How to Clean Tarnished Medals: A Comprehensive Guide


Medals are not just symbols of achievement or recognition, but they also hold sentimental value for many people. 

Whether it’s a medal you earned yourself, a family heirloom, or a treasured gift, keeping it clean and shiny is important to maintain its beauty and significance.

However, over time, medals can become tarnished, losing their luster and shine. 

In this article, we’ll guide you through the process of how to clean tarnished medals, so you can restore their original shine and beauty.

Let’s begin.

Understanding Tarnish

Before diving into the cleaning process, it’s important to understand what tarnish is and why it forms on medals. Tarnish is a thin layer of corrosion that forms on the surface of metal objects, typically composed of metal sulfides, oxides, or chlorides. 

It’s caused by a reaction between the metal and certain environmental factors, such as moisture, air, or chemicals. Tarnish can give metal objects a dull or discolored appearance, and if left unchecked, it can cause permanent damage to the metal surface.

Identifying Tarnished Medals

The first step in cleaning tarnished medals is to identify the type of metal and the extent of the tarnish. Different metals have different properties and require different cleaning methods.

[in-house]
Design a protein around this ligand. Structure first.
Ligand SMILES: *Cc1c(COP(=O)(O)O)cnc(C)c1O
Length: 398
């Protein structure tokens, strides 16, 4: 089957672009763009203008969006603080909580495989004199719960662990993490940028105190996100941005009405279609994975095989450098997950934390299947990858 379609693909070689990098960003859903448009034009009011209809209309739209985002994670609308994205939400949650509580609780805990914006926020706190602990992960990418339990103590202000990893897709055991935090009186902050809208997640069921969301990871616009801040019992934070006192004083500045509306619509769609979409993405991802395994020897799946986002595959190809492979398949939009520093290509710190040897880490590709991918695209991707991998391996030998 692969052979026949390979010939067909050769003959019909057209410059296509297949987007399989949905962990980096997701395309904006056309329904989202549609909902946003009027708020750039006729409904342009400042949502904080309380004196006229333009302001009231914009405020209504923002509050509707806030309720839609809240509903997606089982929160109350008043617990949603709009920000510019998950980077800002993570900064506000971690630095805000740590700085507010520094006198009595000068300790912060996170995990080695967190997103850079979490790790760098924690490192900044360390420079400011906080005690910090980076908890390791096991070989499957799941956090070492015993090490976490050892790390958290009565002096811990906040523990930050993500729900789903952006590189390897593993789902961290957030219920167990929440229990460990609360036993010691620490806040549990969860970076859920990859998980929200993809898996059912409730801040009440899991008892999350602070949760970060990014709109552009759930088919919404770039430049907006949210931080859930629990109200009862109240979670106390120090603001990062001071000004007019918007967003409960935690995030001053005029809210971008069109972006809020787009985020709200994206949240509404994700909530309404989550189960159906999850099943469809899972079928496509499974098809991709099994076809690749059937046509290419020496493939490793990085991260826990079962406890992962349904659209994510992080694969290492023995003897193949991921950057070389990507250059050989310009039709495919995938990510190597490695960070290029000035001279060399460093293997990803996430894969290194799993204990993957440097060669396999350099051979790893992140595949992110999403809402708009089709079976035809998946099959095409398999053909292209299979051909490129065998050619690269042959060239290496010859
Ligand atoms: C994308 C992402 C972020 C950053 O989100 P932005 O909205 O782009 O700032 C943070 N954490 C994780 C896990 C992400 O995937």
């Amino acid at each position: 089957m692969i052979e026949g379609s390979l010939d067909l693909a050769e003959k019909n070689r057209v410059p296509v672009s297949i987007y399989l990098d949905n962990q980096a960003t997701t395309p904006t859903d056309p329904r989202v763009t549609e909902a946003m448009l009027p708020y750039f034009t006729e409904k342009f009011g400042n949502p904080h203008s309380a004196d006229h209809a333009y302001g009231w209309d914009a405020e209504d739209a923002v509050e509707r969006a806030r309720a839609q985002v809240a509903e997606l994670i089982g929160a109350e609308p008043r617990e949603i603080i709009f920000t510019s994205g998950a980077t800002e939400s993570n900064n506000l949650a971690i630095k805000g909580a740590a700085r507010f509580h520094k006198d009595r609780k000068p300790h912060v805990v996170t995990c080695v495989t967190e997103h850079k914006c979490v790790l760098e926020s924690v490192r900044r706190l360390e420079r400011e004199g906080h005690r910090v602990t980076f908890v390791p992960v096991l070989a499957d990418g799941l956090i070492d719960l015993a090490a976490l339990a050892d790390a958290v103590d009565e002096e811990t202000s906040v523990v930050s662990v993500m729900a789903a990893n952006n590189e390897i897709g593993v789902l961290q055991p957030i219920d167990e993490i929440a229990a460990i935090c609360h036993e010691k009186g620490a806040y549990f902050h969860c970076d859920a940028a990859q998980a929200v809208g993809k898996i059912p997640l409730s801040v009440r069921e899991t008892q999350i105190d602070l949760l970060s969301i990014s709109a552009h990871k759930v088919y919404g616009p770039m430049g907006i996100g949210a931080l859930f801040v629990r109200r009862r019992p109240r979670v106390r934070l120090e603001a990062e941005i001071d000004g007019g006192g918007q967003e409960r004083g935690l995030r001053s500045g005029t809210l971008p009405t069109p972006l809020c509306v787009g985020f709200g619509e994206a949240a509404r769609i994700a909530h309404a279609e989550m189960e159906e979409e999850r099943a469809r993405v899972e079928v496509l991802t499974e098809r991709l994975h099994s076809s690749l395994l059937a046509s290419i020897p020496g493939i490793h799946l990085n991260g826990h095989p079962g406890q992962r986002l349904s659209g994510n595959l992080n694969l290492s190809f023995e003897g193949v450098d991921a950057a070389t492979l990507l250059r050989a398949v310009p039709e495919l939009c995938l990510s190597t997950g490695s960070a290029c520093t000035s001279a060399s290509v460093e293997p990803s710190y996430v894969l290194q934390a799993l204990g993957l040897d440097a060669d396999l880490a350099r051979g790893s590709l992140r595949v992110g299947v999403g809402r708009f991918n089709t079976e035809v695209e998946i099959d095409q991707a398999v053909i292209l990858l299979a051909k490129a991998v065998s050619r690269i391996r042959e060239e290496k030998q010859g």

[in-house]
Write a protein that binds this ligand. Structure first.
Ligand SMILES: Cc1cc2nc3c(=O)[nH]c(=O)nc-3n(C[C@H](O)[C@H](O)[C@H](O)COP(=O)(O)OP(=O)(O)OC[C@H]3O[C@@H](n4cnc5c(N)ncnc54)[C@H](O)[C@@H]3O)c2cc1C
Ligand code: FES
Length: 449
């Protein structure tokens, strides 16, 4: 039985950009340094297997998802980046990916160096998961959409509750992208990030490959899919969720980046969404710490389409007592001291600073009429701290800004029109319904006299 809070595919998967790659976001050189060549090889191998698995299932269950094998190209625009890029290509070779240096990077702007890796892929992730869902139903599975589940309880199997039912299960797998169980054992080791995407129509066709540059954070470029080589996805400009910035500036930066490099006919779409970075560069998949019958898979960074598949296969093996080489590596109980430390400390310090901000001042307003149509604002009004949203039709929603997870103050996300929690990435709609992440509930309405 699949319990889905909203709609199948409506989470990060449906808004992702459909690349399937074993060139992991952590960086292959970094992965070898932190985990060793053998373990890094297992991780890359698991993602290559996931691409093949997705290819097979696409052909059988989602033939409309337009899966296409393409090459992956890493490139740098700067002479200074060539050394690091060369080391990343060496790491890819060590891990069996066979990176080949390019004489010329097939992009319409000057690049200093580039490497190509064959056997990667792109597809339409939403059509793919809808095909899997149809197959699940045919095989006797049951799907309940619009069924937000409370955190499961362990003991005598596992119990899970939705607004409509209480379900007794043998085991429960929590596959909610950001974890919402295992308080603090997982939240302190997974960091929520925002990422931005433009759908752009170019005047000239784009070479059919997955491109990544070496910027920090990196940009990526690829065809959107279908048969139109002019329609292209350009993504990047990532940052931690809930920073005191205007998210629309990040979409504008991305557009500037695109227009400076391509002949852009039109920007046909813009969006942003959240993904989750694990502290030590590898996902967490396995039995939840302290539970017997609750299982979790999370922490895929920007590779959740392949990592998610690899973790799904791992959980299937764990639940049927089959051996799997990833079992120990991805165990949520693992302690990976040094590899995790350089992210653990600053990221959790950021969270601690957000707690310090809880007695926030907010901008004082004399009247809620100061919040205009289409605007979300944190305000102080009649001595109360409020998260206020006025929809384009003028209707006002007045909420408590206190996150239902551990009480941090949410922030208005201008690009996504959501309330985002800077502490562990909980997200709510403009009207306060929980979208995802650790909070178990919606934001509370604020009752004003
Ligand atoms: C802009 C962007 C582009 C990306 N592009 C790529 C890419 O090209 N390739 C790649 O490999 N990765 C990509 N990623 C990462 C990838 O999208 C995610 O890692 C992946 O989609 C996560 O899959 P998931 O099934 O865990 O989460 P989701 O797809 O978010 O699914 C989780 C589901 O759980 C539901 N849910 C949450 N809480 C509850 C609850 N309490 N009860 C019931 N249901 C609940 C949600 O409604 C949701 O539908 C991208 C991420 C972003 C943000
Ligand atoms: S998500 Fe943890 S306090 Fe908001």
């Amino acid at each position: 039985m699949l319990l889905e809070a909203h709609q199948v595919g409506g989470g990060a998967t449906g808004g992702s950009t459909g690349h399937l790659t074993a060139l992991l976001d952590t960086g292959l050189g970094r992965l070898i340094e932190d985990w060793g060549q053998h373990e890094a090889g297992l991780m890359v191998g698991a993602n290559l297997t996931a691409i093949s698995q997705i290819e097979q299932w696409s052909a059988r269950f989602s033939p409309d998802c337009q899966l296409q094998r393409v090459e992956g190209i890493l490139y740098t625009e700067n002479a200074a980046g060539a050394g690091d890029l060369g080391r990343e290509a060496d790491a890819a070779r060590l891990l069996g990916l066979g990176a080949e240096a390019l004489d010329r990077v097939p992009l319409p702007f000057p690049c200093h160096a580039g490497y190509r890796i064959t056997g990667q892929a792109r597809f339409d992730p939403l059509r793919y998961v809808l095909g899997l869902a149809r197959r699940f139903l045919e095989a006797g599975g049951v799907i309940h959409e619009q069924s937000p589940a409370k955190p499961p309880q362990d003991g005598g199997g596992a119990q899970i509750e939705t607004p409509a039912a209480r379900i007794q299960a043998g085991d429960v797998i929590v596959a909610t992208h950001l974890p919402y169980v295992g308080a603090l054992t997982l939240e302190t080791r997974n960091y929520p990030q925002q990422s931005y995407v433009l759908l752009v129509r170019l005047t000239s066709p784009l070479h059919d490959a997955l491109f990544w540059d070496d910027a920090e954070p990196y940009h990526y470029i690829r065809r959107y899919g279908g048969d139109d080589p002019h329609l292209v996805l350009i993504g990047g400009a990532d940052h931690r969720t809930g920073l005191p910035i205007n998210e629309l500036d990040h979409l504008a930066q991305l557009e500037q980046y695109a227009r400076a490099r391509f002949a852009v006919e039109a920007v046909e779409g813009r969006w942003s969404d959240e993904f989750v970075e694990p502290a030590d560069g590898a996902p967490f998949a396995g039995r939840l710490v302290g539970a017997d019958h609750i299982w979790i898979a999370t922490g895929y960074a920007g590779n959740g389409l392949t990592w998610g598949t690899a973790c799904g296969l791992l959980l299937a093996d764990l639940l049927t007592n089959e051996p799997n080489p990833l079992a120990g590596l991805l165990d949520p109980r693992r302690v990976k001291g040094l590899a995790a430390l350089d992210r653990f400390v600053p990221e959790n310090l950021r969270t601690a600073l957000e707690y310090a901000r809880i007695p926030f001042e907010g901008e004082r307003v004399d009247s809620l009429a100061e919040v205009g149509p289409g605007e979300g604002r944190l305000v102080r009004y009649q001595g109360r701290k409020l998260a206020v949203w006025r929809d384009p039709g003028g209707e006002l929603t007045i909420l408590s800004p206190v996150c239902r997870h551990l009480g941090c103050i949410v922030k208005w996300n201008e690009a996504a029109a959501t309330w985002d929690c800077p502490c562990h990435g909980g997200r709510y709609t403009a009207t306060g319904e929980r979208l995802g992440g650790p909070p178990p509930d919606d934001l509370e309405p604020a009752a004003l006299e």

Some common metals used in medals include gold, silver, bronze, and brass. You can identify the type of metal by looking for markings or stamps on the medal itself. Once you have identified the metal, inspect the medal for any signs of tarnish, such as discoloration, dullness, or a powdery or fuzzy appearance.

Cleaning Tarnished Medals: Step-by-Step Guide

Now that you have identified the type of metal and the extent of the tarnish, it’s time to clean the medal. Here’s a step-by-step guide to cleaning tarnished medals:

Step 1: Prepare the Cleaning Solution

The first step in cleaning tarnished medals is to prepare a cleaning solution. The type of solution you use will depend on the type of metal and the degree of tarnish. Some common cleaning solutions for medals include dish soap, baking soda, vinegar, lemon juice, or specialized metal cleaners. Mix the solution according to the instructions on the package or in a bowl with warm water.

Step 2: Soak the Medal

Once you have prepared the cleaning solution, it’s time to soak the medal. Place the medal in the solution and let it soak for 5 to 10 minutes. If the tarnish is extensive, you may need to let it soak for longer.

Step 3: Gently Scrub the Medal

After soaking, remove the medal from the solution and gently scrub it with a soft-bristled brush or cloth. Be gentle to avoid damaging the metal surface. Pay special attention to the areas with the most tarnish.

Step 4: Rinse and Dry the Medal

Once you have finished scrubbing, rinse the medal under warm running water to remove any residual cleaning solution. Dry the medal thoroughly with a soft cloth or towel, making sure to remove any moisture.

Tips for Cleaning Specific Metals